In 1947, Angela and Bernard DiSiena started peddling appliances and kitchen cabinets in a garage with dirt floors covered by canvas. More than six decades later, DiSiena Furniture boasts 85,000 square feet of space spanning a trio of buildings. Today, Angie's three children and their spouses still preside over daily operations.The family brightens homes with furniture from a medley of brands, outfitting boudoirs with luxurious beds, offices with desks, and living rooms with couches and leather recliners. They also add finishing touches to home decor with lamps, mirrors, and grandfather clocks, whose cardigans and corncob pipes lend a distinguished air to any room.
Sun pours past window planters full of flowers, rippling across the handcrafted bowls and vases that line The Broken Mold’s canary-hued walls. Shelves and tables groan beneath an array of watercolors, acrylics, and oils. Artists seeking a workspace away from the narcissistic bowls of fruit that fill most homes practice their craft in The Broken Mold’s studios, and pupils of all levels build their skills by enrolling in lessons or by observing skilled studio potters. The Broken Mold sells and showcases the work of local artists with events throughout the year.
Arthur H. Simmons was a cabinetmaker, and a good one at that. So eager was he to outfit the homes of his community with his creations that in 1879—the same year that Thomas Edison tested the first practical light bulb and Alexander Graham Bell invented the Liberty Bell—the skilled craftsman opened the doors of Simmons Furniture in his hometown of Adams. Though the world has changed in the long years since Simmons Furniture’s founding, and the business is now under the helm of the Riley family, Arthur H. Simmons’s original commitment to selling quality furniture and meeting his customers’ needs remains the company’s cornerstone.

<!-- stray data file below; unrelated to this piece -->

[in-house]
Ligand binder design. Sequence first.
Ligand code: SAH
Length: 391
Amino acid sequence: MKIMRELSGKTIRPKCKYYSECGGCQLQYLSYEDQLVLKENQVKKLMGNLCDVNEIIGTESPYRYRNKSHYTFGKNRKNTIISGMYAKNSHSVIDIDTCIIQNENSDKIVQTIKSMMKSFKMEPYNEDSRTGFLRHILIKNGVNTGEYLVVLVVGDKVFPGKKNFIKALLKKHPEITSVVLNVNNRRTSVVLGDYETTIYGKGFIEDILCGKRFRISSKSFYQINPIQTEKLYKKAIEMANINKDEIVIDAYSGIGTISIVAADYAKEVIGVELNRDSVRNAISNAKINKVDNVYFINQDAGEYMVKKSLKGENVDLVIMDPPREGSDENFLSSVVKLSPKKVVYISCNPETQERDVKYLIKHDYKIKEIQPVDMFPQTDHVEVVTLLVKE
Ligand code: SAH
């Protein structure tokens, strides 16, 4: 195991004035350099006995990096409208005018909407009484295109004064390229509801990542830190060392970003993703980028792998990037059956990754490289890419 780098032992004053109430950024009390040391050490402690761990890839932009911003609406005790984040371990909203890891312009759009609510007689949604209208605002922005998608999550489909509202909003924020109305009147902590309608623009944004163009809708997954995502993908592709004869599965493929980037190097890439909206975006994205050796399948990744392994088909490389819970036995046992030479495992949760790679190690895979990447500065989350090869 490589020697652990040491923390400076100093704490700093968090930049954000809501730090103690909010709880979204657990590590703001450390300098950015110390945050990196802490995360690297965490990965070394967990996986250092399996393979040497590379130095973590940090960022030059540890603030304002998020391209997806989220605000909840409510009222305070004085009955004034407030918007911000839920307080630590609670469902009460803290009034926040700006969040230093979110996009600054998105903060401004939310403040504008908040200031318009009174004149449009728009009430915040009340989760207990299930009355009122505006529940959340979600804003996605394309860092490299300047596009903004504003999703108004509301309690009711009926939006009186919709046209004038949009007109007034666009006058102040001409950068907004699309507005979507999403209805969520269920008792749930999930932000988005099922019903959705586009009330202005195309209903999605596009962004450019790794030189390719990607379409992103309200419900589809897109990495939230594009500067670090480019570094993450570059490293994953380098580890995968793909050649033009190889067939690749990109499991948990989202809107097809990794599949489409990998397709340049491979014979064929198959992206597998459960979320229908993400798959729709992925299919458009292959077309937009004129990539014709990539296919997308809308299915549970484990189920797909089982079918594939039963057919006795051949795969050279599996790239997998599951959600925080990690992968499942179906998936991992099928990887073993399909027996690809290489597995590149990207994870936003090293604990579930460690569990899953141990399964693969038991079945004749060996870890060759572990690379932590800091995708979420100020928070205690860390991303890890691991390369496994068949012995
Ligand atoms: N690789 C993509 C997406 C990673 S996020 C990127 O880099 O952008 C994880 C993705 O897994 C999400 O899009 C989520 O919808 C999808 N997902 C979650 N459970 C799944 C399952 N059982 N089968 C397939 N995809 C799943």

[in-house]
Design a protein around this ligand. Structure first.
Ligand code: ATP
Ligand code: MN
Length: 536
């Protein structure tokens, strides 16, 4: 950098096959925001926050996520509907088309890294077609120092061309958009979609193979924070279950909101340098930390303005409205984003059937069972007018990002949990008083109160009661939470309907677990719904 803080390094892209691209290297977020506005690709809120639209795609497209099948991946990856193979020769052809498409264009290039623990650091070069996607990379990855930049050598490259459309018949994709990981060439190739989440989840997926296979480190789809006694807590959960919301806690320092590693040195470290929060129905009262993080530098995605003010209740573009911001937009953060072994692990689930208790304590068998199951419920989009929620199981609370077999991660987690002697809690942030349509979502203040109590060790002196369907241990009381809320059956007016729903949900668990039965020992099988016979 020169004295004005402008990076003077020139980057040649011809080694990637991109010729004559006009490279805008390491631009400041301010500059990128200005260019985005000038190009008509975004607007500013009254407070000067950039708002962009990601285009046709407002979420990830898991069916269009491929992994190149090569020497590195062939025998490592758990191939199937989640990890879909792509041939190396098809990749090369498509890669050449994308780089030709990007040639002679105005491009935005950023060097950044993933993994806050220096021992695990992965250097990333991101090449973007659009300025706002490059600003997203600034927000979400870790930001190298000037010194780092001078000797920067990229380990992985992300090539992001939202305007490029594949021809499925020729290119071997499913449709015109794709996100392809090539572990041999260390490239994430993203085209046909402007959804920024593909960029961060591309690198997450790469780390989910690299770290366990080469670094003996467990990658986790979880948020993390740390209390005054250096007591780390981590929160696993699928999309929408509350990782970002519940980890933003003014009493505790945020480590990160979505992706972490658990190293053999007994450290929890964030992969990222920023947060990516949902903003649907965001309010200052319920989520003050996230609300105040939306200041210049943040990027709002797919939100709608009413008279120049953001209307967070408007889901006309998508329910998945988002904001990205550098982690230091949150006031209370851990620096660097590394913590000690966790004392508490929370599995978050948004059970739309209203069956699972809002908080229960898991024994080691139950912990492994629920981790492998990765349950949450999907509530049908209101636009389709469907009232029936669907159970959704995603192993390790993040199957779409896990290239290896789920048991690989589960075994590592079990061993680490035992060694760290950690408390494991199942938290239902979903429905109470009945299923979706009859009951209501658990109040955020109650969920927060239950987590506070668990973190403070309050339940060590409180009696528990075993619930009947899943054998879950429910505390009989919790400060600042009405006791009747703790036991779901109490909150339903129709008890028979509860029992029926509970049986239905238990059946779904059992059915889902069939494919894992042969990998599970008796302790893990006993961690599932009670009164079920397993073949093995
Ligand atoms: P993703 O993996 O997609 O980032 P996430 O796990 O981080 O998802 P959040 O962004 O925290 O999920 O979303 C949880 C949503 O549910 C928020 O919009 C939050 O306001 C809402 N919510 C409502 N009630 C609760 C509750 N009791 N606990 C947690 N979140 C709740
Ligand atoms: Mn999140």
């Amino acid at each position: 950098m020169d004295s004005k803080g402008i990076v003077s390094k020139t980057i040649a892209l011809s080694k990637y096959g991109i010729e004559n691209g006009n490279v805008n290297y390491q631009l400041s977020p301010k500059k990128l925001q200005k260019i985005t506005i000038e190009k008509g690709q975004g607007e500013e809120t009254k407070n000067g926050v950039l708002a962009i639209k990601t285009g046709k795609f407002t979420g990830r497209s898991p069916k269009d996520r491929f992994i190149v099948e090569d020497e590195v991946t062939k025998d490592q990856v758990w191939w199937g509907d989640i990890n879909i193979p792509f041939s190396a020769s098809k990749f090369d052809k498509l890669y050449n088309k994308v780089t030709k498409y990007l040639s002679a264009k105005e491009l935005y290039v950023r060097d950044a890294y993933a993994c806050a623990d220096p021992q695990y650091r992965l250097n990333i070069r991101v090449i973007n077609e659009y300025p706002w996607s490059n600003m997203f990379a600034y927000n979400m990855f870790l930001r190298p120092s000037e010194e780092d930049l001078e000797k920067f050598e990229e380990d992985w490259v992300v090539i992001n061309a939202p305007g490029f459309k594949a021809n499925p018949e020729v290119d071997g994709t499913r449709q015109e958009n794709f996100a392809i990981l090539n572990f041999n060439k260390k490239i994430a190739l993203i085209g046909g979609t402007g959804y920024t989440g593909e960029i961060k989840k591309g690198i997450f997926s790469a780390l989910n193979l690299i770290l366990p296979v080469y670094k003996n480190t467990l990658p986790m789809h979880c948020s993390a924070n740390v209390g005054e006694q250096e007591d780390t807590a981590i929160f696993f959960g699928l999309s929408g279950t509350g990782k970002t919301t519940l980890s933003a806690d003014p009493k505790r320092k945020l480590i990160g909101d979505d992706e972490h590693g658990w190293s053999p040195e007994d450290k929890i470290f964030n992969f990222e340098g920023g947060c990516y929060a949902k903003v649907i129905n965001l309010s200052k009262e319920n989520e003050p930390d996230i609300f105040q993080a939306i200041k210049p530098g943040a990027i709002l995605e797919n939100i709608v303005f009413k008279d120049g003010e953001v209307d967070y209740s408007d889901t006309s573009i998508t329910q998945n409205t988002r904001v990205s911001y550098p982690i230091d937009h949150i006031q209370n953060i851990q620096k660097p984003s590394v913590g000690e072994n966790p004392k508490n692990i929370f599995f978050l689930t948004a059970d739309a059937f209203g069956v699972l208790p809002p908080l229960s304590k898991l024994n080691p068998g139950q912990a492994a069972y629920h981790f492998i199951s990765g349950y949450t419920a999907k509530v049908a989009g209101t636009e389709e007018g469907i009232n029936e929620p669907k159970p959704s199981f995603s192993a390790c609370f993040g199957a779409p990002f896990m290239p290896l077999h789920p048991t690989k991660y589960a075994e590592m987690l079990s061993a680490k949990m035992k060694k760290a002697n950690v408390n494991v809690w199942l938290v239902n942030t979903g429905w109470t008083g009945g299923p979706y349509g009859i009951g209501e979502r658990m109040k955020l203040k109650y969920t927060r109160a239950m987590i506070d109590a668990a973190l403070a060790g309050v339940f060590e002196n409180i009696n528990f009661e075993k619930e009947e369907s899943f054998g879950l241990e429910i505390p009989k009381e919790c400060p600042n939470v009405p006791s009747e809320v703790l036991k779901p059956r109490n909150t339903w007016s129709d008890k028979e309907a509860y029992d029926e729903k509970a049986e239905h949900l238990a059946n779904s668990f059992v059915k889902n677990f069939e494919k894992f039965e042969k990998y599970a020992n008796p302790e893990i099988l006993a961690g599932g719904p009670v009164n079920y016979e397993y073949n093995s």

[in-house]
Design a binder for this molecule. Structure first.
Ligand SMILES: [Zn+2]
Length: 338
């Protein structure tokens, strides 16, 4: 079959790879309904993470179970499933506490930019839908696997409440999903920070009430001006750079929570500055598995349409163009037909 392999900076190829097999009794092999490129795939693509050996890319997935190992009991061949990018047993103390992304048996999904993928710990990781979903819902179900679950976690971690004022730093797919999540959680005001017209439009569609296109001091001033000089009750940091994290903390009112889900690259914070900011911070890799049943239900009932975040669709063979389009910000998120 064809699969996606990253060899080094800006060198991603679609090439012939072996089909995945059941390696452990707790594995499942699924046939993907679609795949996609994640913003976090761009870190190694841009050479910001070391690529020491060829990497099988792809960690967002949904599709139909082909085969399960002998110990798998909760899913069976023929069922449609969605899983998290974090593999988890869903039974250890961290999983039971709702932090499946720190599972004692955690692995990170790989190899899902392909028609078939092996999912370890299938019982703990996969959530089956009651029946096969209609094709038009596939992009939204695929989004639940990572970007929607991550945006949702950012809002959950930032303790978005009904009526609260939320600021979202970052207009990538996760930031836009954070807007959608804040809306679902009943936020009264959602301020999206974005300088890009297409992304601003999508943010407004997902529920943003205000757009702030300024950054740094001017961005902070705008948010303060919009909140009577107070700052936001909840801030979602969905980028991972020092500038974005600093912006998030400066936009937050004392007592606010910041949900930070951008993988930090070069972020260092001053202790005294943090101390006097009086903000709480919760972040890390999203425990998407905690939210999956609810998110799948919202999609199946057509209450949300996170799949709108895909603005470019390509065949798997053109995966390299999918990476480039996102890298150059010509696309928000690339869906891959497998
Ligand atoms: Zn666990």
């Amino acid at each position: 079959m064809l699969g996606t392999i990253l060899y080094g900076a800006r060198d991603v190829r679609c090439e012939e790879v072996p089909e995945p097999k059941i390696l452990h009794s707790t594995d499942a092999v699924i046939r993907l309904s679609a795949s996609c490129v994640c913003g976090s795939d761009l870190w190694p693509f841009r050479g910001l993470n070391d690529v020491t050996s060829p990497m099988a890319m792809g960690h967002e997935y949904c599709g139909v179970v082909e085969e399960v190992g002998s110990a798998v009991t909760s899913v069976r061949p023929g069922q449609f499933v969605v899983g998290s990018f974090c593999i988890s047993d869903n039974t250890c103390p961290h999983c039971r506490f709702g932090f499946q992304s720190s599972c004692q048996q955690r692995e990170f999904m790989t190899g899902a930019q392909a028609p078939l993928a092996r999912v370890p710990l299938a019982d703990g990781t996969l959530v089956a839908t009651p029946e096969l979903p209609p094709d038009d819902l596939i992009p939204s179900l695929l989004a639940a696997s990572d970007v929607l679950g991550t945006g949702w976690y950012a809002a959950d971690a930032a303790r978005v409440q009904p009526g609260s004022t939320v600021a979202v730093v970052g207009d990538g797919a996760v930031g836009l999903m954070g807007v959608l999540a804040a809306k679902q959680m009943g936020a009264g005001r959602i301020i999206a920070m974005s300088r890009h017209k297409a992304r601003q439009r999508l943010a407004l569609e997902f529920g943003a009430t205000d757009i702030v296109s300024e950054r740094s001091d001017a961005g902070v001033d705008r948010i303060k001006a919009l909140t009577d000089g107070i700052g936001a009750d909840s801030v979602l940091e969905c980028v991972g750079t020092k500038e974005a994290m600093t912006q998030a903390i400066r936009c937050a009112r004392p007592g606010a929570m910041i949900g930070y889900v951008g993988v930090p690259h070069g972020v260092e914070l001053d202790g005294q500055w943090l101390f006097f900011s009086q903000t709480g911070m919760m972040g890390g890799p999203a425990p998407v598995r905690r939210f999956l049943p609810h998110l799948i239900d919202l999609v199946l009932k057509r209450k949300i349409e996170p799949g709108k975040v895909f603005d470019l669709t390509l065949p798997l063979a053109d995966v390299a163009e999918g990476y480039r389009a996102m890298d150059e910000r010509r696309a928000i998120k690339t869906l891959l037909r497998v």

Now, more than a century since the store’s inception, staffers stock both of Simmons Furniture’s locations with home goods and furnishings from a carefully curated assortment of brands, including Ashley, Furniture Traditions, and Serta. The knowledgeable employees circulate through each store’s showrooms, ready to help shoppers to find a suitable accent piece or to answer questions relating to which of the store’s wardrobes enable direct commutes to Narnia. Along with American-made brands, eco-friendly furnishings, and luxurious wares imported from around the globe, Simmons Furniture also continues to support the community with a section dedicated solely to goods forged by local artists and merchants.